CBS’s ‘Madam Secretary’ Politicizes NFL and Violates Hatch Act

October 31st, 2016 2:01 AM

In Sunday night’s Madam Secretary on CBS, the episode titled “The Dissent Memo” shows a flagrant violation of the Hatch Act while politicizing the NFL. A two-for-one!

Madam Secretary Elizabeth McCord (Tea Leoni) a.k.a. Madam Hillary is sent to Cleveland to help put President Dalton on the ballot as a third party candidate and that requires a change in that state’s election law. So, the Secretary of State conveniently goes on TV to tout the “NFL Diplomacy Initiative” in an interview with NFL commentator James Brown.

During the interview, Brown works in the fact that Ohio law will have to ‘evolve’ so that Madam Secretary’s boss, the president, can be on the ballot. The Hatch Act prohibits federal employees – including the Secretary of State – from taking part in partisan political activity. Secretary McCord does the wink, wink, nod, nod when her staff questions this move. Sounds like current election shenanigans, right? The rules only apply to some people, not all.

Nadine: And we've added the NFL Diplomacy Initiative in Cleveland, ma'am.

Elizabeth: Yeah, the President is stepping off the campaign trail. I'm just gonna fill in.

Jay: As in, campaigning?

Elizabeth: No, no. It-it's just a little...Pre-game interview about...Football and diplomacy. Yeah. Well, Russell Jackson insists it's legal.

Matt: Hey, wait. Who's doing the interview?

Nadine: James Brown.

Blake: Oh, I thought he was dead.

Jay: No. That would be, uh, fellow diplomat and ambassador of soul, James Brown. This would be CBS Sportscaster James Brown. J.B.!

Nadine: And what exactly is it that Russell Jackson would like you to say? Legally.

Matt: What about this? Um, Dalton's not on the ballot because of the sore loser law, right? Just recently, the NFL changed the extra point rule...

Daisy: Yeah, too many kickers were making it, so they moved it back to the 15 yard line.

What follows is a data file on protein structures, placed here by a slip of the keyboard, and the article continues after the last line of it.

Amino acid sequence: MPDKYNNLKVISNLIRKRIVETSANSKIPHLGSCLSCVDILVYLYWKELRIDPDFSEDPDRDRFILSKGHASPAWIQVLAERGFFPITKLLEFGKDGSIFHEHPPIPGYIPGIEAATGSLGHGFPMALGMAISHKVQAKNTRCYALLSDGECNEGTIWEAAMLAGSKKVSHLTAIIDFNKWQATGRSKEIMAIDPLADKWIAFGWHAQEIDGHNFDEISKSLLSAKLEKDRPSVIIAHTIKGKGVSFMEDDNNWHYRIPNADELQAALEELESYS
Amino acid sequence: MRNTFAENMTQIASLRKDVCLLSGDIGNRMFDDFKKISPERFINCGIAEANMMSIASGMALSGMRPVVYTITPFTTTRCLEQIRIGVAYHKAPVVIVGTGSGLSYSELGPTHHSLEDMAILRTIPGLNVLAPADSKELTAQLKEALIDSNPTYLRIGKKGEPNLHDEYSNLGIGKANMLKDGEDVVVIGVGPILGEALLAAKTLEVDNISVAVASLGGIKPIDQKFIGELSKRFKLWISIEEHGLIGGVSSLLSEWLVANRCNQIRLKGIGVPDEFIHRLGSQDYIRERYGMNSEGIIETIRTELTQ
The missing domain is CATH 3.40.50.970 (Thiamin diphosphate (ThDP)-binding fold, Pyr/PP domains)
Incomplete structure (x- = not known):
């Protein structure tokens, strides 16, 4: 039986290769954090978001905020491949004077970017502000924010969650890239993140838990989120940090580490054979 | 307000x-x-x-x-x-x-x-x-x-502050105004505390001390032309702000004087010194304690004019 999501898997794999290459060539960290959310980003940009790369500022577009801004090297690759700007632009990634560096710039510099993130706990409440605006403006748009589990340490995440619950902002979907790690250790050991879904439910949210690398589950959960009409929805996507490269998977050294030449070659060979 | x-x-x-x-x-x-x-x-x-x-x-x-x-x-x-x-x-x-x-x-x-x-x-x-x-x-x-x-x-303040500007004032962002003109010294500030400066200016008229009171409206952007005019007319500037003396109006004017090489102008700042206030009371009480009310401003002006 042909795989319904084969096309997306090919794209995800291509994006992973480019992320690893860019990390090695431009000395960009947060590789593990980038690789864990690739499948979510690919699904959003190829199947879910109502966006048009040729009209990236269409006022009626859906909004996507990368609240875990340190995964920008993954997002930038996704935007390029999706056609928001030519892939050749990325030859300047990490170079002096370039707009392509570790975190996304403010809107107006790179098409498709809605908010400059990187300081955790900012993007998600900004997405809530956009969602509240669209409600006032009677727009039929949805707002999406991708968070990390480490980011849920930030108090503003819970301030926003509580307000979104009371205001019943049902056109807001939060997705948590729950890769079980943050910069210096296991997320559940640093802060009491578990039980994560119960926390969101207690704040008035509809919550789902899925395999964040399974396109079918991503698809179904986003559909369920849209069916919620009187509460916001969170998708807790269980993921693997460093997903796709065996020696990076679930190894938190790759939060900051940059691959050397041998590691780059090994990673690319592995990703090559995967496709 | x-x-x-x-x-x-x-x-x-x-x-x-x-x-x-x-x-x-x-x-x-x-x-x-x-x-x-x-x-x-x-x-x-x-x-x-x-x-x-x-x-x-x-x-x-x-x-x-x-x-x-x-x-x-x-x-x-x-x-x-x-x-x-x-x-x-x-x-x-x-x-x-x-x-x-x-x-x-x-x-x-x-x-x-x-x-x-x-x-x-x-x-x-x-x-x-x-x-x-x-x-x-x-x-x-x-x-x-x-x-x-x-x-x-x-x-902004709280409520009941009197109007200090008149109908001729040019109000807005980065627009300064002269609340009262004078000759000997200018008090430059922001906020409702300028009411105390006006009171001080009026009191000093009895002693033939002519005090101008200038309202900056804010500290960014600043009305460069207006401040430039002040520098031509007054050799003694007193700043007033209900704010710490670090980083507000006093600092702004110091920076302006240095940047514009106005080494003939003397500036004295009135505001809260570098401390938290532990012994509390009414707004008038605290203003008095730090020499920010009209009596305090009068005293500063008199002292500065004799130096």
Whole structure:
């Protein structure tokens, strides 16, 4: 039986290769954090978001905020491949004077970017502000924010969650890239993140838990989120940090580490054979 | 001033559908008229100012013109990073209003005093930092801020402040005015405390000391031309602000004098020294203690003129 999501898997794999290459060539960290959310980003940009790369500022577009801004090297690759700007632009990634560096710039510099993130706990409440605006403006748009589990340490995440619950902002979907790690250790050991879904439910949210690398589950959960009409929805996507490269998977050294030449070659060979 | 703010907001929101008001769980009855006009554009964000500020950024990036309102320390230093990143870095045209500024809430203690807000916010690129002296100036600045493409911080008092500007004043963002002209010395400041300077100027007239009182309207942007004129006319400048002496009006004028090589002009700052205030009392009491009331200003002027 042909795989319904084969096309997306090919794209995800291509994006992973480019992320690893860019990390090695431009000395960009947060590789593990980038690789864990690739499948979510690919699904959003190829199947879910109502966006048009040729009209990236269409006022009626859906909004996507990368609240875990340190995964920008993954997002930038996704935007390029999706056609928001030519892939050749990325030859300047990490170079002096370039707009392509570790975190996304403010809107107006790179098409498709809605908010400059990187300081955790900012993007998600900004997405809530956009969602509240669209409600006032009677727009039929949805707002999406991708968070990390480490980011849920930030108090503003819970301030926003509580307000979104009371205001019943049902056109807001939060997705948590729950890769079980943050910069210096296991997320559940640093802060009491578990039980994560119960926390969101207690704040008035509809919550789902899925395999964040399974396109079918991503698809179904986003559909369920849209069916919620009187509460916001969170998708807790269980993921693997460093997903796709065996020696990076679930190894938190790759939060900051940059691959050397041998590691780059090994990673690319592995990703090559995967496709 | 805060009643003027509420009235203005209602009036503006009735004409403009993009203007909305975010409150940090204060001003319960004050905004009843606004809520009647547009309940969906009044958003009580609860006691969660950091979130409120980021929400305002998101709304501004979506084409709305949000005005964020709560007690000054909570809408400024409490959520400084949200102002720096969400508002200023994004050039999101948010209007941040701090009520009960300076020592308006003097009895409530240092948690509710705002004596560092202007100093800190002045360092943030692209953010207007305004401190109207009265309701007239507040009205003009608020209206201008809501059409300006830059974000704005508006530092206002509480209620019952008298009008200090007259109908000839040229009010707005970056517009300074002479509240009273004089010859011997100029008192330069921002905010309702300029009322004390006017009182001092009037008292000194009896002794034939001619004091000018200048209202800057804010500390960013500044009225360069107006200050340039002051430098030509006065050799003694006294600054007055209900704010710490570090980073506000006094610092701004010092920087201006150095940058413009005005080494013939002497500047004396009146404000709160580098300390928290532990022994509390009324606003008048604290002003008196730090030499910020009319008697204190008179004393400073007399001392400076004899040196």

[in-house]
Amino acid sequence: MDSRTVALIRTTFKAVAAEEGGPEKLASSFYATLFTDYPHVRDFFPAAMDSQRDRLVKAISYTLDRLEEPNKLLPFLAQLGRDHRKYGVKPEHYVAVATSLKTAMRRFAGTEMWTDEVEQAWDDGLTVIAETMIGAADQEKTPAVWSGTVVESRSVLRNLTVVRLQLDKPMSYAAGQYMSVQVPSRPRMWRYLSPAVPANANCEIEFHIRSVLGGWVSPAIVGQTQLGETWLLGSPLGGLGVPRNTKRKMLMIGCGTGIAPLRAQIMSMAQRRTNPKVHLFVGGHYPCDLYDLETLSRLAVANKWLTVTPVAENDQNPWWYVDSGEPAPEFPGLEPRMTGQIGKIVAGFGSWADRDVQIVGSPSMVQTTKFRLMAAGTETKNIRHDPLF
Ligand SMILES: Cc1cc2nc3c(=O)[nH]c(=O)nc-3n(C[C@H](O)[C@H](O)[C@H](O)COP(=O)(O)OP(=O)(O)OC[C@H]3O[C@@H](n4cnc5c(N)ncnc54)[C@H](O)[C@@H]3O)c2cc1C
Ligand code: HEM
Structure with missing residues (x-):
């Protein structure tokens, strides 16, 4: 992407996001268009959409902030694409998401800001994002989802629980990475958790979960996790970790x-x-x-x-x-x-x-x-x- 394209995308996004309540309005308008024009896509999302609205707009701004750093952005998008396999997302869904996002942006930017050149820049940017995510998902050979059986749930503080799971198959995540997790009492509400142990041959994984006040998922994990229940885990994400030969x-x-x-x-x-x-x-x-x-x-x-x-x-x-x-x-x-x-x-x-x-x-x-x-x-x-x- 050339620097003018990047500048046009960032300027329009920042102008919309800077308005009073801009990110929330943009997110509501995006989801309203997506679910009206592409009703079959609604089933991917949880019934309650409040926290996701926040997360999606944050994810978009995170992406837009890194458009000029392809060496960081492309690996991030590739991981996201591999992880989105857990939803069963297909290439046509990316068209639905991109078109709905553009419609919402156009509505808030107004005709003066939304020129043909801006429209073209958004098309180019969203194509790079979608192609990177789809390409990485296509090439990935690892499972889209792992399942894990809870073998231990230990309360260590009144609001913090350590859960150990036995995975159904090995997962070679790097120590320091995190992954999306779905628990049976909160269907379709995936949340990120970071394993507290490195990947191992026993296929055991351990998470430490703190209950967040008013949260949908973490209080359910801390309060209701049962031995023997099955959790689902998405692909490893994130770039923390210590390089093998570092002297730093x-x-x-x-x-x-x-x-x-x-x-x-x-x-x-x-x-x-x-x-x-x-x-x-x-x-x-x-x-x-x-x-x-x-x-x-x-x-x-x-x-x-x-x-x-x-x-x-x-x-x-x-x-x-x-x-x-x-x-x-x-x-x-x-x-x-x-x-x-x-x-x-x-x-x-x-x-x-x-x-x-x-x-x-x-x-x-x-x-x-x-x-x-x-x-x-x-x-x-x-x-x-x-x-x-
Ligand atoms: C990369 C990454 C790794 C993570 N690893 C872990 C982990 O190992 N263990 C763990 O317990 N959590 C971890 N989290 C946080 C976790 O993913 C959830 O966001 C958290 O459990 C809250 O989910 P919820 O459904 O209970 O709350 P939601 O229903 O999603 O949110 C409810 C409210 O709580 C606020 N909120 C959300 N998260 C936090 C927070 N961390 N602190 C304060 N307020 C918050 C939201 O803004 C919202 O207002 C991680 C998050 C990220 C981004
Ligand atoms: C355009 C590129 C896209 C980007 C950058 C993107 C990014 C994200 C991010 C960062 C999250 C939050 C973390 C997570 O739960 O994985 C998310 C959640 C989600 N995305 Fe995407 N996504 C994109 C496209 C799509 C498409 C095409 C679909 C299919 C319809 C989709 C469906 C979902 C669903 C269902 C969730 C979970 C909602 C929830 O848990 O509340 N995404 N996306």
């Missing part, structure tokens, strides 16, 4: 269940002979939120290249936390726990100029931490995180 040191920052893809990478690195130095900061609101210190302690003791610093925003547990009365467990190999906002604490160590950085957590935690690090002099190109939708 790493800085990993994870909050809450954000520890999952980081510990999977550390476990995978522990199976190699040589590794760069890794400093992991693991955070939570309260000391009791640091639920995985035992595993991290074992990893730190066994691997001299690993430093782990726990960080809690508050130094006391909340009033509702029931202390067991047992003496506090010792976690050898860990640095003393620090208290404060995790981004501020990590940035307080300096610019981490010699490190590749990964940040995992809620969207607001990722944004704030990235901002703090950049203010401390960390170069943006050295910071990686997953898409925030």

Matt: Right, and just as the NFL can change the rules, to make the game fair and competitive...

Daisy: So Ohio can reexamine its policy in this historically unprecedented third party run. Yes!

Elizabeth: Oh, that's good. Oh, I like that. I like that. Give more of those.

Nadine: Okay, moving on...

Brown: When will we see NFL football in, say, France?

Elizabeth: Well, that... That's a... That's a tricky question. I think, uh, every country loves its game just as much as we love ours. And change is hard. 1906, football fans were scandalized by the invention of the forward pass, and now it's a definitive signature of the game. So rules do need to evolve.

Brown: Now, President Dalton is looking to make a few changed in the upcoming election, too, isn't that right?

Elizabeth: Well, I'm... I'm happy that you brought that up. Uh... Because as much as President Dalton is supported and trusted by the American people, certain rules will need to evolve to accommodate this historic third-party run.

Brown: Well, with that being said, we're gonna take a little break, but, Secretary Mccord, thank you again for taking the time.

Elizabeth: It's my pleasure. Go, Browns!

But it wasn’t as though Secretary McCord didn’t have international emergencies to attend to in Washington. The corrupt president of Angola was about to steal the election from his opponent – a woman. The secretary just happened to meet a young tech mogul – he created a messaging app – when she did that NFL show interview and was able to use his skills to bring Internet access back to the people of Angola after their president cut the service just before the election. All the pieces fell perfectly into place and the first woman president was elected in Angola.

Note that this episode aired just nine days before the first woman president might be elected in the U.S. Just a coincidence, I’m sure.